51: Chicken and Dumplings

51: Chicken and Dumplings

From Chicken Soup for the Soul: Food and Love

Chicken and Dumplings

Food, like a loving touch or a glimpse of divine power, has that ability to comfort.

~Norman Kolpas

When I came home from school on a crisp fall day, I knew that if the aroma of chicken and dumplings filled the air, little stood between culinary heaven and me. Even through adulthood, the mere thought of Mom fixing my favorite comfort food set my taste buds to salivating. So when I called her as I was on my way over to visit and she said we’d be having chicken and dumplings for dinner, I could hardly wait to get there.

Mom was finally settled into her new apartment. All the boxes were unpacked and new custom made drapes, an extravagance she still couldn’t believe she owned, hung on the windows. Dad had been gone just over a year and she was moving on as best she could.

When I arrived, Mom was walking down the hallway on her way to the mailbox. I noticed she was a bit out of breath, but Mom’s emphysema had been a part of our lives for so many years her labored breathing didn’t faze me much.

“There you are!” she said, as I came through the lobby door. “I can hardly wait to get started.”

“Get started? You mean supper isn’t ready yet?”

“No. You’re making supper tonight.”

“Me? You said we were having chicken and dumplings.”

“We are, and you’re making it!”

“But Mom. I don’t have a clue.”

“Well it’s high time you learned, darlin’.”

I accompanied her to the mailbox and then we turned around and headed back to her apartment. As we walked down the hall I noticed her labored breathing yet again. As soon as we arrived, she plopped down in a kitchen chair panting just a bit and declared with a slight giggle, “It’s official Annie, I’m... old.”

“You’ve been saying that for the last ten years, Mom.”

“Yes I know,” she said. “But this time I said it’s official.” I looked over and caught her winking at me and we laughed.

Together we chopped the carrots, onion and celery, then added them along with a few bay leaves to the pot of chicken already simmering in a rich broth.

“What’s next, Mom?”

“Oh now we just wait about an hour and then the fun starts!”

While we waited Mom and I shared a pot of tea and gabbed, catching up on family news and reminiscing about the past. She seemed so content and happy with her new surroundings, but I couldn’t ignore the weary look in her eyes. My mom, always neat as a pin, looked run down and unkempt as she sat across from me. I thought getting used to her new life must have been taking its toll on her, but she’d fall into a comfortable routine soon enough.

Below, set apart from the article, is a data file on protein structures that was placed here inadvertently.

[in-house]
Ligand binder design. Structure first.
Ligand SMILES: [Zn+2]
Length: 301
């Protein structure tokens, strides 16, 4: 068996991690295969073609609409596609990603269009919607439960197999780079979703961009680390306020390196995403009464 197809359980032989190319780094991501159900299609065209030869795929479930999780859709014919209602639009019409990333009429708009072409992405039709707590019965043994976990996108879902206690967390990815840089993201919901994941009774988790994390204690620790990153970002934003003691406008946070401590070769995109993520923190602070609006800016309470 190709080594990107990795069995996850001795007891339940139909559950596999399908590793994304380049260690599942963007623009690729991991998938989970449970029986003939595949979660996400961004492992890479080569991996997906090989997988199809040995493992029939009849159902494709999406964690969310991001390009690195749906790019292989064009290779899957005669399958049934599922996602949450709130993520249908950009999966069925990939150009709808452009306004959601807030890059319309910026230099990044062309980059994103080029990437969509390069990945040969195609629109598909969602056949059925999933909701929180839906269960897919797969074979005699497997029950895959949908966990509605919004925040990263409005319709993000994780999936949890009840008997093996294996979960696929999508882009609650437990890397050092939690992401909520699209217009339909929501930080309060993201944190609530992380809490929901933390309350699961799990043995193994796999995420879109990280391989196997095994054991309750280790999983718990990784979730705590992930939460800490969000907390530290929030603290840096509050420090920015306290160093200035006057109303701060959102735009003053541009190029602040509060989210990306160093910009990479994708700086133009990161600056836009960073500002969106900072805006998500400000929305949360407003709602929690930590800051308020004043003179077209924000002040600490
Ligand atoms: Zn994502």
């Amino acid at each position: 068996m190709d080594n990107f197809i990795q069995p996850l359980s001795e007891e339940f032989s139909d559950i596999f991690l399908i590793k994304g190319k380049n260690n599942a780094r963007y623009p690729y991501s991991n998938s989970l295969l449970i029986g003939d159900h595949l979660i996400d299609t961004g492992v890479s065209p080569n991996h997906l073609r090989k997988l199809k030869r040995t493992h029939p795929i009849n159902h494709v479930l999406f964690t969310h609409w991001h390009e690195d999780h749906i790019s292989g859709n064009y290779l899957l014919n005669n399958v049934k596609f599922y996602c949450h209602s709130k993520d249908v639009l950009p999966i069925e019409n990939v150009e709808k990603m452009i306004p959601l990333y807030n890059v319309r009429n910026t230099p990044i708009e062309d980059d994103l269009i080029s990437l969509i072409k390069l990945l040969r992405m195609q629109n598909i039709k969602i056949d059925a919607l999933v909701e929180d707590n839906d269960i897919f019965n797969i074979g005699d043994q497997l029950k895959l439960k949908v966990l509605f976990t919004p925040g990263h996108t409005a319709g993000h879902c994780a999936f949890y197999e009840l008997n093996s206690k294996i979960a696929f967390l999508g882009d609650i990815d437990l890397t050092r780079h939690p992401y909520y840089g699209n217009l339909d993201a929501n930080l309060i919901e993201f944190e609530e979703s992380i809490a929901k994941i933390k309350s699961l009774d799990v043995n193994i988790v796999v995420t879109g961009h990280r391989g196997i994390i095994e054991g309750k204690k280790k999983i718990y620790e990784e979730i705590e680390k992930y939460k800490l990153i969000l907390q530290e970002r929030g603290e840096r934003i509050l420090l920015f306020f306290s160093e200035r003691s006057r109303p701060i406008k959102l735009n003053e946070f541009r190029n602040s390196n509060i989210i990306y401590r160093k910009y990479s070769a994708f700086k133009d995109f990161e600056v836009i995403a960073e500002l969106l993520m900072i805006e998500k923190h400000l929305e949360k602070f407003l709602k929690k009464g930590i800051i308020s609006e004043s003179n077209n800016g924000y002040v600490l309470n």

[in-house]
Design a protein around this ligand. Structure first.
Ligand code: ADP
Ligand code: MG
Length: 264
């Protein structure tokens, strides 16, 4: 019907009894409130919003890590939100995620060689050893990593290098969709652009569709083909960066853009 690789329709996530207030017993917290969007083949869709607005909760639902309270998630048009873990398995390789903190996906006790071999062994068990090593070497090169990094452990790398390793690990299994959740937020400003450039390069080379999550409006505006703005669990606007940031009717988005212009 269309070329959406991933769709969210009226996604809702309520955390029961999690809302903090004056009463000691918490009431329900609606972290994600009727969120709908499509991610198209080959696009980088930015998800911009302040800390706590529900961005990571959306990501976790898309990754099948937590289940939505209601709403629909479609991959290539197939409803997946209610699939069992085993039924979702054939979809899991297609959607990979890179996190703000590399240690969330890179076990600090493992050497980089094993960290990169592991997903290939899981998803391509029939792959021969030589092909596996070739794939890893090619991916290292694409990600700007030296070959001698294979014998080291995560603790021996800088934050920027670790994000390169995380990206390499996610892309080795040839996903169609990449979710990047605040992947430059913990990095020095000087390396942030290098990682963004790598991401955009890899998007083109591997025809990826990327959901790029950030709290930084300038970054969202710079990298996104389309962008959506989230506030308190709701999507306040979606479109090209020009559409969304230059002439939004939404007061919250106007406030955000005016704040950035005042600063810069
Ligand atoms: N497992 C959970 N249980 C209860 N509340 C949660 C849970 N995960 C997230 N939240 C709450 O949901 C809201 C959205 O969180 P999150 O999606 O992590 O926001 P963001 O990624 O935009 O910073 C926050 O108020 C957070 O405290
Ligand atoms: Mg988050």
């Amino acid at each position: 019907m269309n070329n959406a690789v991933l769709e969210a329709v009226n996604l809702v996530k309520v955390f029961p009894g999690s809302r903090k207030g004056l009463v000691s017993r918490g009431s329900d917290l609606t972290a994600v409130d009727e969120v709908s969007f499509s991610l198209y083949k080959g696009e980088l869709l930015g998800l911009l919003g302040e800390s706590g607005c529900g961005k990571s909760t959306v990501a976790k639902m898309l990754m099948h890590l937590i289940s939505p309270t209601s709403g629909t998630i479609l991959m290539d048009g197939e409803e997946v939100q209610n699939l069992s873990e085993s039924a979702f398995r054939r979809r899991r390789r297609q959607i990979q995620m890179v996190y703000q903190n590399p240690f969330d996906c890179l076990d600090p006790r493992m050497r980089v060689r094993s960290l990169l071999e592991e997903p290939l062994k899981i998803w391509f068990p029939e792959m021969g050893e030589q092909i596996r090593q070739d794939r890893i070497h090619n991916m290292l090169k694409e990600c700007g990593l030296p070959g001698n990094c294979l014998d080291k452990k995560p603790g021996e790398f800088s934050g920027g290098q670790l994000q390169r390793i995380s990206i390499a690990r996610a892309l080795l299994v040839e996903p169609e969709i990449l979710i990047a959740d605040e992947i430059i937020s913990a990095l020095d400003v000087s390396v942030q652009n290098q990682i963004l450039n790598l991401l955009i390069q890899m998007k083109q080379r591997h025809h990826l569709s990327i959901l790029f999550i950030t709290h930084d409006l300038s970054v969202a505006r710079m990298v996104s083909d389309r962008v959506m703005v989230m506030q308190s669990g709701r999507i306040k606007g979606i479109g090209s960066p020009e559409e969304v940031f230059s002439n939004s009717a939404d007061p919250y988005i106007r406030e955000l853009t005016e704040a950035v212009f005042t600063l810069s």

When we’d finished our tea, Mom eyed the clock. She peeked into the stew pot and declared, with the confidence of a master chef, “It’s time!”

In my opinion, Mom’s dumplings belonged in the dumpling hall of fame. Her dumplings started out as drop biscuit dough. Then by the time they bobbed to the surface of the bubbling stew, some kind of “mom magic” transformed them into perfect puffy little tender pillows swimming in oodles of scrumptious chicken gravy.

Mom was right. I couldn’t live another day of my life without learning how to do this. I watched intently as she thickened the broth with a bit of cornstarch mixed with cold water.

“Now pay attention here Annie. This isn’t hard. The important thing is to mind the pot. If you undercook them you might as well play ping-pong with them. And if you overcook them, well there’s really no way to explain a sin that grave.” So I paid strict attention.

First, she whisked together the flour, baking powder, cream of tartar and a pinch each of salt and dried rosemary. Then she added melted butter and milk until the flower mixture was just moistened. The batter looked lumpy to me but Mom assured me that over-mixing only put you on the fast track to failure.

“Lumps in the batter spell success.”

“If you say so, Mom. You’re the expert.”